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When politicians start talking about the meaning of life they often come unstuck. From Gordon Brown’s aborted British values project to Cameron’s doomed Big Society agenda, when our political leaders stray away from economics into questions of what gives a person a sense of belonging or purpose, they often sound absurd, and sometimes sinister. Generally they fail. But since the vote for Brexit, these questions have returned once again into the political mainstream. It seems they can’t be ignored.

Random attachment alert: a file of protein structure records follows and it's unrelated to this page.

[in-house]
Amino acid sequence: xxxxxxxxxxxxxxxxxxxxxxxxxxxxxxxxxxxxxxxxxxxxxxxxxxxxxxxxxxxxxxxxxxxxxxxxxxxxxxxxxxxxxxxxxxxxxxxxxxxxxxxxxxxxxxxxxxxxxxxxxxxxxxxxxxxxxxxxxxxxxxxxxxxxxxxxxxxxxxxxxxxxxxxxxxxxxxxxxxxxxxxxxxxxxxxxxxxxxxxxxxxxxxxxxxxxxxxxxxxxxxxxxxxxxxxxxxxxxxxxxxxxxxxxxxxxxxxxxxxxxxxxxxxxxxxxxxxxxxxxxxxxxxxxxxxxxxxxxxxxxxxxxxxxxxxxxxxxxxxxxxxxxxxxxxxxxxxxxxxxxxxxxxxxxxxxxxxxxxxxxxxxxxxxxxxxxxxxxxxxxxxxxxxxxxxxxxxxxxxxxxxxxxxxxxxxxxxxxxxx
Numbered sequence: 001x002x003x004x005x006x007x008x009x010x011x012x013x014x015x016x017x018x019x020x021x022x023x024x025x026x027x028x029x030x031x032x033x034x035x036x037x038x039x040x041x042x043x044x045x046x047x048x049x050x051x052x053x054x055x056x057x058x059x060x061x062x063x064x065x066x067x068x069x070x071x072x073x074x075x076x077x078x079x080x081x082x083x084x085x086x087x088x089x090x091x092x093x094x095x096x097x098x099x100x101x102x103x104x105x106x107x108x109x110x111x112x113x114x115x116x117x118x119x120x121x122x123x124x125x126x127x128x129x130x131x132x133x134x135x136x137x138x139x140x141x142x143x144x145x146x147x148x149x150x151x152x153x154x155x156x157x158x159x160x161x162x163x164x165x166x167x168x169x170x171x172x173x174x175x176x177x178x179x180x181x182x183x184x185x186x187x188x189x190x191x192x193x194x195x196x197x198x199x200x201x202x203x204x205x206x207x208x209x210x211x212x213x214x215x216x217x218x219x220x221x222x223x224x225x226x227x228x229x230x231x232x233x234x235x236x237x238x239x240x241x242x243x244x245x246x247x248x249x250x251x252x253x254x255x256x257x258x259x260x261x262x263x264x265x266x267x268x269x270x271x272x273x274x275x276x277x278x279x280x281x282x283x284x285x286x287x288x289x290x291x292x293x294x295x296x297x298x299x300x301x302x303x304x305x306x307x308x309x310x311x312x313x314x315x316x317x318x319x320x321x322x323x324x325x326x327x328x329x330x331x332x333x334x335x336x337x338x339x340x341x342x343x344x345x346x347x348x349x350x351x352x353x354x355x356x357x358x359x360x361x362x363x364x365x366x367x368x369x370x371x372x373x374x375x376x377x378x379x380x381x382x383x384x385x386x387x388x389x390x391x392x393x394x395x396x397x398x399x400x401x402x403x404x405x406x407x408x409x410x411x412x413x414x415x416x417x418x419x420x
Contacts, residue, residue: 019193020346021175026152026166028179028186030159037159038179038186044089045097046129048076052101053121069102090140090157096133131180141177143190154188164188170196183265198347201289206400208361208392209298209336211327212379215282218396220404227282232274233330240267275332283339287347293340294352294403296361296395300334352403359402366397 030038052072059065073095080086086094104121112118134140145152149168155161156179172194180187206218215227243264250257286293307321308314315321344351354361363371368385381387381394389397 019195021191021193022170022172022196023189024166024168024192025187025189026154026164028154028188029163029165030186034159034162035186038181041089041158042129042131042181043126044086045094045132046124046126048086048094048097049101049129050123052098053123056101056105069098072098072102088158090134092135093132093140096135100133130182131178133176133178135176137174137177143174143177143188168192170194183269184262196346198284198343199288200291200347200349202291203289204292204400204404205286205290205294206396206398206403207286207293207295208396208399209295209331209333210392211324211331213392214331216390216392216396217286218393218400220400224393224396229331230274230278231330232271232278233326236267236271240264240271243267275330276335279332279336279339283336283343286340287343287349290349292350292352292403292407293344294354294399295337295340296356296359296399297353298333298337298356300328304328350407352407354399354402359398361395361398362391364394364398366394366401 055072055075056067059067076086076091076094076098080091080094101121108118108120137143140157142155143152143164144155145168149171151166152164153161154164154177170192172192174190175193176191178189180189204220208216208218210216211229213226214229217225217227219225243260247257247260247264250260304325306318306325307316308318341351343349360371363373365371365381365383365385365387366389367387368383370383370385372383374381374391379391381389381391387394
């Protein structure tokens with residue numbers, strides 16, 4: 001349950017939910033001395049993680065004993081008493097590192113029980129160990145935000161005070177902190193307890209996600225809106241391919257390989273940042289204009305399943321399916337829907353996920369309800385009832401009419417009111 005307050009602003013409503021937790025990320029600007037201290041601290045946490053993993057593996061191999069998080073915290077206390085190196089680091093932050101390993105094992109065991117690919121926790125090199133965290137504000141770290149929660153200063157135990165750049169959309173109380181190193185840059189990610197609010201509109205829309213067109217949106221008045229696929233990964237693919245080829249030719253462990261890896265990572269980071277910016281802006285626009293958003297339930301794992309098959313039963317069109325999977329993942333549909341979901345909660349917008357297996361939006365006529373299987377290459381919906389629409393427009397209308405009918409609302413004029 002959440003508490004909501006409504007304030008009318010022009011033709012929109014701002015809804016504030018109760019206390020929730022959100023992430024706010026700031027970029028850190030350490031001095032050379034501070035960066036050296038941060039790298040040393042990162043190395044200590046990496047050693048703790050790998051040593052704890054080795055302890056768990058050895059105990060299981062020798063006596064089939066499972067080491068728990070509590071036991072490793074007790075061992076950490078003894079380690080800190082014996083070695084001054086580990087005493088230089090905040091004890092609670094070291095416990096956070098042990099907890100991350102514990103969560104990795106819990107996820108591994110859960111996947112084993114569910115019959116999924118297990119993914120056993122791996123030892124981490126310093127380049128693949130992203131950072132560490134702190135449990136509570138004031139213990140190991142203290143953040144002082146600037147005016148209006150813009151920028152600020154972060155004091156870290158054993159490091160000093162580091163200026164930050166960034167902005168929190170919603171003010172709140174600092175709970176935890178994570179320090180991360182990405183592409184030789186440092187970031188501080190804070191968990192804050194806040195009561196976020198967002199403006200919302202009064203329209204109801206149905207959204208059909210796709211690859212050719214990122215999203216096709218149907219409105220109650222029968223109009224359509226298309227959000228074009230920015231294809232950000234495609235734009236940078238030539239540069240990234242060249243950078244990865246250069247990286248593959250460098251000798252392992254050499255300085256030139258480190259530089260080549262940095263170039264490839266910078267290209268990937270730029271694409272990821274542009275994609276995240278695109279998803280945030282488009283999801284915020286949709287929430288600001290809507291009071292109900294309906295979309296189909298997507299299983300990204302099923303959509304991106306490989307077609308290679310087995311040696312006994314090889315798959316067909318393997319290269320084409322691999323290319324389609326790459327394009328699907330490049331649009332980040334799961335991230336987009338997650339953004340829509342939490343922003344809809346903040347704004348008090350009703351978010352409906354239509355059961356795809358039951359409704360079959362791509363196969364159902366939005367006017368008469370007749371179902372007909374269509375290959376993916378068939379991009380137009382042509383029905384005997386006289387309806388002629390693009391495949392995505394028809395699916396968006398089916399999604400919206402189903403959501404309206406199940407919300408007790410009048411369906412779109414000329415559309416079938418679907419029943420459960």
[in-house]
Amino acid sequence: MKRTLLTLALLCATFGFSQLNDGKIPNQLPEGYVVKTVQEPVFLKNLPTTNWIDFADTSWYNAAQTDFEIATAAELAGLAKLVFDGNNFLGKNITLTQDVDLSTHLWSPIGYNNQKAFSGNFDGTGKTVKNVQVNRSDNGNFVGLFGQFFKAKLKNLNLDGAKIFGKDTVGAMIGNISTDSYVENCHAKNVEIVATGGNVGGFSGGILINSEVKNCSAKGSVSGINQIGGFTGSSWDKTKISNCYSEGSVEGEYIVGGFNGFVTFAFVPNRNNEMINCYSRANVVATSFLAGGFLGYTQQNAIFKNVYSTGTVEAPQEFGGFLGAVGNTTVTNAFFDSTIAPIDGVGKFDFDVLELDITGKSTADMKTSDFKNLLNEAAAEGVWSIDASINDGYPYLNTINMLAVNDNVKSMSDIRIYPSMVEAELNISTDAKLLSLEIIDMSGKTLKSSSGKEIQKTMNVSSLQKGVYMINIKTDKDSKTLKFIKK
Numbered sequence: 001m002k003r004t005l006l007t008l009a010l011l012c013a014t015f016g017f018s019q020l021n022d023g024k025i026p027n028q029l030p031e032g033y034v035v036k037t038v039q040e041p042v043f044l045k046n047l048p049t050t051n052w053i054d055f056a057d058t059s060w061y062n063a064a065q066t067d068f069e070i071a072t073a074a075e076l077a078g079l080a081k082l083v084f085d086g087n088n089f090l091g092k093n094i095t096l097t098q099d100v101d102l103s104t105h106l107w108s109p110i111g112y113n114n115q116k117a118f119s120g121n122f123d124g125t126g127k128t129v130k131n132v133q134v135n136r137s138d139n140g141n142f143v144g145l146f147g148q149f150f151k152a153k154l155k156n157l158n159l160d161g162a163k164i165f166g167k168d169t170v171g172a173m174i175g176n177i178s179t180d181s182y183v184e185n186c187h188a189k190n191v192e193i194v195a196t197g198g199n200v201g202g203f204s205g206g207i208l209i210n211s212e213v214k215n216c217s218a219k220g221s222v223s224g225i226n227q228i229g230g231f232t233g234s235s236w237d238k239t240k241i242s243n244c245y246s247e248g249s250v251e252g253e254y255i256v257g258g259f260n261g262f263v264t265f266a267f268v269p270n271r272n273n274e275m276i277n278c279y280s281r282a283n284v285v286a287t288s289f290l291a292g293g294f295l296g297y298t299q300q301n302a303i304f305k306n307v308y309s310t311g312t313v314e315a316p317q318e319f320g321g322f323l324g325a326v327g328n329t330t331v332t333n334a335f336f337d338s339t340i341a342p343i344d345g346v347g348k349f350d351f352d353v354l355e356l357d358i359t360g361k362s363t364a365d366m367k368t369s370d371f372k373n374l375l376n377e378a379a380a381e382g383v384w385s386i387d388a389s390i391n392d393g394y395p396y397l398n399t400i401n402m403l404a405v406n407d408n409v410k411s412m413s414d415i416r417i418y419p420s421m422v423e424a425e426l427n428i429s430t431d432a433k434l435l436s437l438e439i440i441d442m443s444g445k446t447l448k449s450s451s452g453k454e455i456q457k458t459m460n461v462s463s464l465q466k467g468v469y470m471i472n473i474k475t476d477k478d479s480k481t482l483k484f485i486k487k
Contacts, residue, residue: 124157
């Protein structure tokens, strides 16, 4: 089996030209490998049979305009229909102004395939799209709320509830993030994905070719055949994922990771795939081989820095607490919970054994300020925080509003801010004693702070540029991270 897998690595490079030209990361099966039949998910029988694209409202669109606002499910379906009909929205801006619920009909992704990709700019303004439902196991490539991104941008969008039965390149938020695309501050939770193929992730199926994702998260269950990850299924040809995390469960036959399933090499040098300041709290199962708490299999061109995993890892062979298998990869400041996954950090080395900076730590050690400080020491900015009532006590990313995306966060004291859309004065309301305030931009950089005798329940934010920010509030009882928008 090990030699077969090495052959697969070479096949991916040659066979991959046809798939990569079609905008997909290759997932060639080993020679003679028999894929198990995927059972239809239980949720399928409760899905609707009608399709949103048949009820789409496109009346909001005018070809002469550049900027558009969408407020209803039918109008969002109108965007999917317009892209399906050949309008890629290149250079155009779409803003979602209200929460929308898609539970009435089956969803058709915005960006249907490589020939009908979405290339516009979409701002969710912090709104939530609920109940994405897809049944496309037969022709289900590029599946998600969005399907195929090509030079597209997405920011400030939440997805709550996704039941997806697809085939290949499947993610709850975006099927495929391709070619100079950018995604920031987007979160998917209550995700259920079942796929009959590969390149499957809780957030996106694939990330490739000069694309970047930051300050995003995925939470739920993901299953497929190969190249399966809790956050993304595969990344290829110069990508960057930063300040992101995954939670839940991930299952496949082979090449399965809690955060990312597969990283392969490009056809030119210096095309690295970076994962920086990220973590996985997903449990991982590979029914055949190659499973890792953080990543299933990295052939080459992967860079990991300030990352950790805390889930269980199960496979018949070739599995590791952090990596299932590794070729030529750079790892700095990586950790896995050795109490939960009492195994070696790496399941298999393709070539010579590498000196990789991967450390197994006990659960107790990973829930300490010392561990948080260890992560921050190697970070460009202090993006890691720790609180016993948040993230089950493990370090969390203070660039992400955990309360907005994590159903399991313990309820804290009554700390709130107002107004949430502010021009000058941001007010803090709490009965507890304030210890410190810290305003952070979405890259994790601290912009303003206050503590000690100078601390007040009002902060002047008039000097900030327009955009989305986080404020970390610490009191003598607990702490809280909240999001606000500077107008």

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David Brooks, perhaps the New York Times’ most famous political columnist, addresses them in his latest book, The Second Mountain. With it, he has turned from the political to this more personal, spiritual territory. The experience of his own mid-life crisis, he says, has given him insight into both individual and societal renewal – how we can identify and climb a second ‘mountain’ of life after losing heart in the first.
I met him in London to discuss whether his version of a society founded on community and commitment could ever translate into political reality:
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